Bio

I grew up in Croydon and worked in a bank for a year. But this is true of so many writers it has become a cliché. So let me tell you about some of the other stuff.

My dad, Peter, was a sheet-metal worker; my mum, Marjorie, a wages clerk. I have no brothers or sisters. We never had a foreign holiday till I was 17. They took me to Belgium for a week, to prove I hadn’t been missing anything. I loved them both. They’re dead, now, but I still love them.

I went to a big comprehensive school and enjoyed my time there so much I wrote my first adult novel about a disturbed man who takes revenge on his former teachers. Made a mess of my A-levels (too much snooker, too little effort) and had to do a re-sit to get into journalism college.

Learned my lesson, though – I spent much of the journalism course drinking, playing pool or going on protest marches. “Home” was a caravan in a field with two mates from the course. Take my advice, don’t live in a caravan. Even so, it still rates as just about the best year of my life.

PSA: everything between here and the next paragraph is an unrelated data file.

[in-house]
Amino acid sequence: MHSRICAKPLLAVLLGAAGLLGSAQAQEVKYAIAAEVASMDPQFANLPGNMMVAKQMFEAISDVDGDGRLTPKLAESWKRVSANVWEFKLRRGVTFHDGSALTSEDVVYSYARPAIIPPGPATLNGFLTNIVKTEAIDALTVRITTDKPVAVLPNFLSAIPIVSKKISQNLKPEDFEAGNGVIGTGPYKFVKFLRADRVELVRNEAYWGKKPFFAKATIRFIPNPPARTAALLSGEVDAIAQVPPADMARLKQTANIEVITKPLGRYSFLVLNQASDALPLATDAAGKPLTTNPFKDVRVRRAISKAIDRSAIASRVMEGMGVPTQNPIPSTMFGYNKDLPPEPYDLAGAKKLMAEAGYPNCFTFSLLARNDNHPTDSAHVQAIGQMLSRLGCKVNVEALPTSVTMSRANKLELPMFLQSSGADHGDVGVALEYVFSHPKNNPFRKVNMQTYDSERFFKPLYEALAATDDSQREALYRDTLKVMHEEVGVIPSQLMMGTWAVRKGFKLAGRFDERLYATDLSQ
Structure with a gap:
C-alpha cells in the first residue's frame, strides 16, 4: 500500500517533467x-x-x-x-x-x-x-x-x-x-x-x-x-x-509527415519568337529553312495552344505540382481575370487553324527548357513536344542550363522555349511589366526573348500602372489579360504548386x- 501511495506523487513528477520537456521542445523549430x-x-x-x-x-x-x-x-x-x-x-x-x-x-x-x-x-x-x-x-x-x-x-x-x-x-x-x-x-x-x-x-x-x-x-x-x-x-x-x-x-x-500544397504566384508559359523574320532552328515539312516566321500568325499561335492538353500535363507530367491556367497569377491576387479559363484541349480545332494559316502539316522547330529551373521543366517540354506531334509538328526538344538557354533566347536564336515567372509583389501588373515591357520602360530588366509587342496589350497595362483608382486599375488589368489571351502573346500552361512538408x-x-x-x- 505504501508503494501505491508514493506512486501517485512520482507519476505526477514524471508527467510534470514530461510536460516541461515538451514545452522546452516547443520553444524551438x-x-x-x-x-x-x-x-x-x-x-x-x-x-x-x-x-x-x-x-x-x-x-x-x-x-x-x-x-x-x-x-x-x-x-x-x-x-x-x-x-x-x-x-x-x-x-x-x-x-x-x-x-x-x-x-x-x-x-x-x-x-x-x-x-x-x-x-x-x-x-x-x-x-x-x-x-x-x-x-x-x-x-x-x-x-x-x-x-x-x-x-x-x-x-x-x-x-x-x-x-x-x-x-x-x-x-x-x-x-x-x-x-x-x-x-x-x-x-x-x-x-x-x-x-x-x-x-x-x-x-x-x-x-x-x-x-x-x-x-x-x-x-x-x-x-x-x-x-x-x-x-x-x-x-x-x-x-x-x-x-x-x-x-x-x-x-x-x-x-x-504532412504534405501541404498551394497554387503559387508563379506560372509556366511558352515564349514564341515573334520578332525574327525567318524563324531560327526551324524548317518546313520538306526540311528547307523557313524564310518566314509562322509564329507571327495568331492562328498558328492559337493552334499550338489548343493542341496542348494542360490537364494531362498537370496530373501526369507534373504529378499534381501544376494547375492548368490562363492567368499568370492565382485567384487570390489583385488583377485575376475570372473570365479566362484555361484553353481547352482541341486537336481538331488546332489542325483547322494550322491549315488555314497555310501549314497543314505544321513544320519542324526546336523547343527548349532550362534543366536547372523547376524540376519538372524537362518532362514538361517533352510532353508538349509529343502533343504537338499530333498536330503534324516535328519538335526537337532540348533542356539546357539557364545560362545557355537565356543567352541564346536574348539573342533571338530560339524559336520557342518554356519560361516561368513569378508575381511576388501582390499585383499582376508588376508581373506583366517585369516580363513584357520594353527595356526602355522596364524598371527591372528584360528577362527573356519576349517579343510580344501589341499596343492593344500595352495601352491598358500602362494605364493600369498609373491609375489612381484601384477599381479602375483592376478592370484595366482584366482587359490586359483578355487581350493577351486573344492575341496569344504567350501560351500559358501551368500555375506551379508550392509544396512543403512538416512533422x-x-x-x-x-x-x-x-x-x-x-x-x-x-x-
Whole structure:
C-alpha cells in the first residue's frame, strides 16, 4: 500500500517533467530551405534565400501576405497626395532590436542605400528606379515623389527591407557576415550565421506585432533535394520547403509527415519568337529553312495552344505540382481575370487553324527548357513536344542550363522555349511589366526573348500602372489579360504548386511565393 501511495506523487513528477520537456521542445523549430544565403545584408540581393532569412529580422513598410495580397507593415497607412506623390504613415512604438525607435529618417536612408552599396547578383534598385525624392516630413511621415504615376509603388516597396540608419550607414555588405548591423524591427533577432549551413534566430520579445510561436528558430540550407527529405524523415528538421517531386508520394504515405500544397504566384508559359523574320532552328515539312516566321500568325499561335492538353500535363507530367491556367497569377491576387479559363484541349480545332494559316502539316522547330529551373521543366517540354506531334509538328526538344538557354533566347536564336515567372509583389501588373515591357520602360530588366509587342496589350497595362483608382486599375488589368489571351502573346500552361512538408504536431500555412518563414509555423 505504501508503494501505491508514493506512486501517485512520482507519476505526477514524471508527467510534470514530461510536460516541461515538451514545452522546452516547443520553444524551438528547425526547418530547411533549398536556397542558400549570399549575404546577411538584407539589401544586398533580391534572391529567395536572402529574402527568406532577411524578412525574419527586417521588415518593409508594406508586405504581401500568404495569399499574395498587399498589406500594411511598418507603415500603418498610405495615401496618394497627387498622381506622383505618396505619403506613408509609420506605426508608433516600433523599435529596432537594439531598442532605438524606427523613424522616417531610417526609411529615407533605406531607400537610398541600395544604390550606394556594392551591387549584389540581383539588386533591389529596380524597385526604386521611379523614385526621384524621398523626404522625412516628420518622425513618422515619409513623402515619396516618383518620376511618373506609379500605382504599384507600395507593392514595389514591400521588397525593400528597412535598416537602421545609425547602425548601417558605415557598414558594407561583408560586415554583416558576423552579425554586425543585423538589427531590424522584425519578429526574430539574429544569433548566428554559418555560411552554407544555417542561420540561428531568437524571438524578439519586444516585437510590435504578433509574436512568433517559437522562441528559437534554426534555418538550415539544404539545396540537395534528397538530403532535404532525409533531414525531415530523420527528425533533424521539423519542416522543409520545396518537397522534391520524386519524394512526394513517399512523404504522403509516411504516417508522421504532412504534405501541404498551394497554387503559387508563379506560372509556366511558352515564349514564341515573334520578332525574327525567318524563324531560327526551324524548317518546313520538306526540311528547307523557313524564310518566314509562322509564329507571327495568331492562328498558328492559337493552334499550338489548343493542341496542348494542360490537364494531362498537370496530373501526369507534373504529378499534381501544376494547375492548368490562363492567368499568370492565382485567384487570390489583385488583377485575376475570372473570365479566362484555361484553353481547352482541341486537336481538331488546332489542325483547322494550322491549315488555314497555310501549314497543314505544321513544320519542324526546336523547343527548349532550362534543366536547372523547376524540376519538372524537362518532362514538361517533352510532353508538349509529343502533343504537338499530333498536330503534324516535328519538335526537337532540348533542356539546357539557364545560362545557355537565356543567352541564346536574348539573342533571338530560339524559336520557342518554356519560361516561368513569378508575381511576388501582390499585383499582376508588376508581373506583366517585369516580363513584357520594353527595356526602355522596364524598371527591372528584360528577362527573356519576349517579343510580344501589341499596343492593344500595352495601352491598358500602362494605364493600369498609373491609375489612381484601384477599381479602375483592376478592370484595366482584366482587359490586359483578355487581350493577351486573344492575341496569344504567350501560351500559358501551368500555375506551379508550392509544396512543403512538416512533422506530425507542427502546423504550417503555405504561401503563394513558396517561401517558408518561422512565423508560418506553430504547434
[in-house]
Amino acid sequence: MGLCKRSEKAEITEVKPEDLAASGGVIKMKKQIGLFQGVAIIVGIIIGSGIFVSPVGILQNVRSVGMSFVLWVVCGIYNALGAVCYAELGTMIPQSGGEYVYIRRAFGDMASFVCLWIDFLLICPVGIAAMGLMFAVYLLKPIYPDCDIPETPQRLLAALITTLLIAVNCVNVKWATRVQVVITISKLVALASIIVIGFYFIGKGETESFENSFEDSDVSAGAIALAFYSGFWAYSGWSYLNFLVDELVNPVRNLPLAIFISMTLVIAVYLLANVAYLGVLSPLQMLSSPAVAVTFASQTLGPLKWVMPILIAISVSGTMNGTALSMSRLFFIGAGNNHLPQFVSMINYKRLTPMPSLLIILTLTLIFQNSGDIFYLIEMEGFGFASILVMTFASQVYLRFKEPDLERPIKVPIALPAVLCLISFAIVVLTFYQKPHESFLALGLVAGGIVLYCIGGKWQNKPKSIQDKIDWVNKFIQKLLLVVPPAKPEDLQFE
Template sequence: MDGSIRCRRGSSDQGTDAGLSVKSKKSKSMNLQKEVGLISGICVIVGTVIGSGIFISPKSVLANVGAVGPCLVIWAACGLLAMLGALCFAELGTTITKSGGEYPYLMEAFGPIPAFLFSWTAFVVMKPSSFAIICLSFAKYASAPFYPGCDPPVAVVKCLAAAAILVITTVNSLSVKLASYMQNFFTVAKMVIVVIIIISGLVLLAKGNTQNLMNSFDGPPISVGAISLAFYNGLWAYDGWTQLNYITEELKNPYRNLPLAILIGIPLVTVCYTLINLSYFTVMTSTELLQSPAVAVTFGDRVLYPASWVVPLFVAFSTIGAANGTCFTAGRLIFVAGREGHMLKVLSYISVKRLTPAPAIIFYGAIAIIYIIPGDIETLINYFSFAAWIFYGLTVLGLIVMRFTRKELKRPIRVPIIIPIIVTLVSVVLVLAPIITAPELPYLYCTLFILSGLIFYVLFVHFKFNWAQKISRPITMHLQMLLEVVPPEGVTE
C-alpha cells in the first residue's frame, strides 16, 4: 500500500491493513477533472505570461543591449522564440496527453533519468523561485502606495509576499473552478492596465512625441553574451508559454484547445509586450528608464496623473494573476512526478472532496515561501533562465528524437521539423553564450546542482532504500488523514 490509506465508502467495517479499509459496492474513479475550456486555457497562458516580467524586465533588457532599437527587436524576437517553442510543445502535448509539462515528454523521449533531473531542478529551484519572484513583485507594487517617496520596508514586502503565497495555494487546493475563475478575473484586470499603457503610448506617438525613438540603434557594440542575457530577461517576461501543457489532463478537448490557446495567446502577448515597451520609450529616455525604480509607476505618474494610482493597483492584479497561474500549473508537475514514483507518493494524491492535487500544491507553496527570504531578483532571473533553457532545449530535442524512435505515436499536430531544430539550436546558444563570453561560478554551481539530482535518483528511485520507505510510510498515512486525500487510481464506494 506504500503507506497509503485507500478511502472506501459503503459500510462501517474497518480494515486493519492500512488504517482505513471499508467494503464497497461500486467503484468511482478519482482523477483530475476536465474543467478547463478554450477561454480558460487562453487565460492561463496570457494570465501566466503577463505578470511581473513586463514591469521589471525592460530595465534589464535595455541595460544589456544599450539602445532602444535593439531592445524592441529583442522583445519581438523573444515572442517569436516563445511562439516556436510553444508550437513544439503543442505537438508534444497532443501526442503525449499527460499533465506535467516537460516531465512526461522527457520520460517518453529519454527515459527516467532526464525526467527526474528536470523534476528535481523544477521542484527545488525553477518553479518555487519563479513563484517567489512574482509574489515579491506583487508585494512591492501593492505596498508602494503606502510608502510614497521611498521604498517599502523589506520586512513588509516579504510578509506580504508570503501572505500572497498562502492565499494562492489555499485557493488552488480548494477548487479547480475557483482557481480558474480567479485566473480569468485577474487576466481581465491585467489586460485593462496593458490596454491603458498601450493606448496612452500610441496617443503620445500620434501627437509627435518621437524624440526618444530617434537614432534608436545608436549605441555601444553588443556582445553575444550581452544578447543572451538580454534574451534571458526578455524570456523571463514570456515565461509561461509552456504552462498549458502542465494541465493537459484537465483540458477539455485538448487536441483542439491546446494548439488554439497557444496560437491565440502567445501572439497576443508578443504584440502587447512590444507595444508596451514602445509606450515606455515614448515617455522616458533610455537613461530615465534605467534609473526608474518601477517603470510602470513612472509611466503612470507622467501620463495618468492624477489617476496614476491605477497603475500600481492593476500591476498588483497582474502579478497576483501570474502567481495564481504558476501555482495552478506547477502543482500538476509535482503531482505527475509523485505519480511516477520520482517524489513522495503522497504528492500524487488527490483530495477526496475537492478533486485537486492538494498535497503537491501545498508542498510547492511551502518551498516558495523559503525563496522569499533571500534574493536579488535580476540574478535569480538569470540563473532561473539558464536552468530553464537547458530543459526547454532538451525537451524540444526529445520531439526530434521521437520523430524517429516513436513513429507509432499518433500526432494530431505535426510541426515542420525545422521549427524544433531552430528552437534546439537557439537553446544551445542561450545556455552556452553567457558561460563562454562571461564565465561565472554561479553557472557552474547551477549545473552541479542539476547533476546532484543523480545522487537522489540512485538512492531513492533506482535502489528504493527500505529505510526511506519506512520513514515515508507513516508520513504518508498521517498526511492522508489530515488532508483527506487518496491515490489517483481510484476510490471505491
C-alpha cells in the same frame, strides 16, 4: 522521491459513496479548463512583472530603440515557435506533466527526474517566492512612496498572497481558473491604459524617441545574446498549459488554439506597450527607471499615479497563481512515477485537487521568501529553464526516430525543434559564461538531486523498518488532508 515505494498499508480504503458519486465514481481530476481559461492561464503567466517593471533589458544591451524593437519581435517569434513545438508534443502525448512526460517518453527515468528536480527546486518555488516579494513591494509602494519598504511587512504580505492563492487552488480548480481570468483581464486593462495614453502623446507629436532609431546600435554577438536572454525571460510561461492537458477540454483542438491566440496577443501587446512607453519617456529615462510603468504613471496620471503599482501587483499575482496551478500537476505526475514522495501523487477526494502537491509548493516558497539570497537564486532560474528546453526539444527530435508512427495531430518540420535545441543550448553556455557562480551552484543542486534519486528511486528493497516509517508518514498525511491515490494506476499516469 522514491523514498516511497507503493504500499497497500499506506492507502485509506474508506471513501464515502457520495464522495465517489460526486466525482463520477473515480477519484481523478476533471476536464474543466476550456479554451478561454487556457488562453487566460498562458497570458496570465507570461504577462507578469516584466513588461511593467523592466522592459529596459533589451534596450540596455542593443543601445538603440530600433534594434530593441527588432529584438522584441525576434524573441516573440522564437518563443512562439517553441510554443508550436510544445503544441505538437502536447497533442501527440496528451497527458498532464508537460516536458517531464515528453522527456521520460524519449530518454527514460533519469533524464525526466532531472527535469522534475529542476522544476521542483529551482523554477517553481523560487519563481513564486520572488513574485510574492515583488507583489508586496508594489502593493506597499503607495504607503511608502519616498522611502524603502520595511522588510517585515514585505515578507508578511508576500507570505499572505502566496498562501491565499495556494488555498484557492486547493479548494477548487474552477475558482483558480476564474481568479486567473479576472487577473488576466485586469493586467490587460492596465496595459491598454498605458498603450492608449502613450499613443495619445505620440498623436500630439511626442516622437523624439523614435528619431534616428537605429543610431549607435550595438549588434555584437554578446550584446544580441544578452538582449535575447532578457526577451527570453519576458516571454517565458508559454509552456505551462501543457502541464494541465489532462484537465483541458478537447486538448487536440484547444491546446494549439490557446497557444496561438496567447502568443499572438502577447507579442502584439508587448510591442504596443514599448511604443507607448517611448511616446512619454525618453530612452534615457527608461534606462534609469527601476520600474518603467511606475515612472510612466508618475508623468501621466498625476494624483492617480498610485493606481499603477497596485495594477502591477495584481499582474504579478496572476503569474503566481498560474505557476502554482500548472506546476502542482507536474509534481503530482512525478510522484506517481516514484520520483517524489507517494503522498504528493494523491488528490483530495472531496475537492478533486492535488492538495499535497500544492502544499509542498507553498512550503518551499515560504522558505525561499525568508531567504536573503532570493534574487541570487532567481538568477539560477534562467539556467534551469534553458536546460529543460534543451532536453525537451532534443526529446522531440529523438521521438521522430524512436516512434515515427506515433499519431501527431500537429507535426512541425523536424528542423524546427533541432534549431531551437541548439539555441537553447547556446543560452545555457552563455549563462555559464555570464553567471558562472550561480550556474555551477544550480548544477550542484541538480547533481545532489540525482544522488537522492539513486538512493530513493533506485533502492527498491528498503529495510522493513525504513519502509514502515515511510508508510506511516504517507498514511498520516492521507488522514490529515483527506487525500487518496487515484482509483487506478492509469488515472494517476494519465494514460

For the next 15 years I worked as a news reporter, football correspondent, features writer and sub-editor on newspapers all over England (and one in Wales).

Between jobs I went backpacking in Europe, North America, Australia and Asia. I taught English in Hong Kong, despite speaking no Cantonese and being unqualified to teach English (or anything else), and returned from India with dysentery, hepatitis and pneumonia, having lost a quarter of my body weight. Happy days.

All this time, through my 20s and early 30s, I wrote fiction – short stories, a couple of abandoned novels – did creative writing classes, joined a writers’ group … until it dawned on me that I wanted to be a writer more than anything. So, I quit my job and enrolled on the Creative Writing MA at the University of East Anglia. That was where I began Acts of Revision.

I’ve been writing novels ever since – first for adults, now for teenagers – and when I’m not doing that, I teach creative writing (even though I still have no teaching qualifications.) Best of all, though, I have a wife, Damaris, and two daughters, Josie and Polly. And I don’t live in Croydon anymore.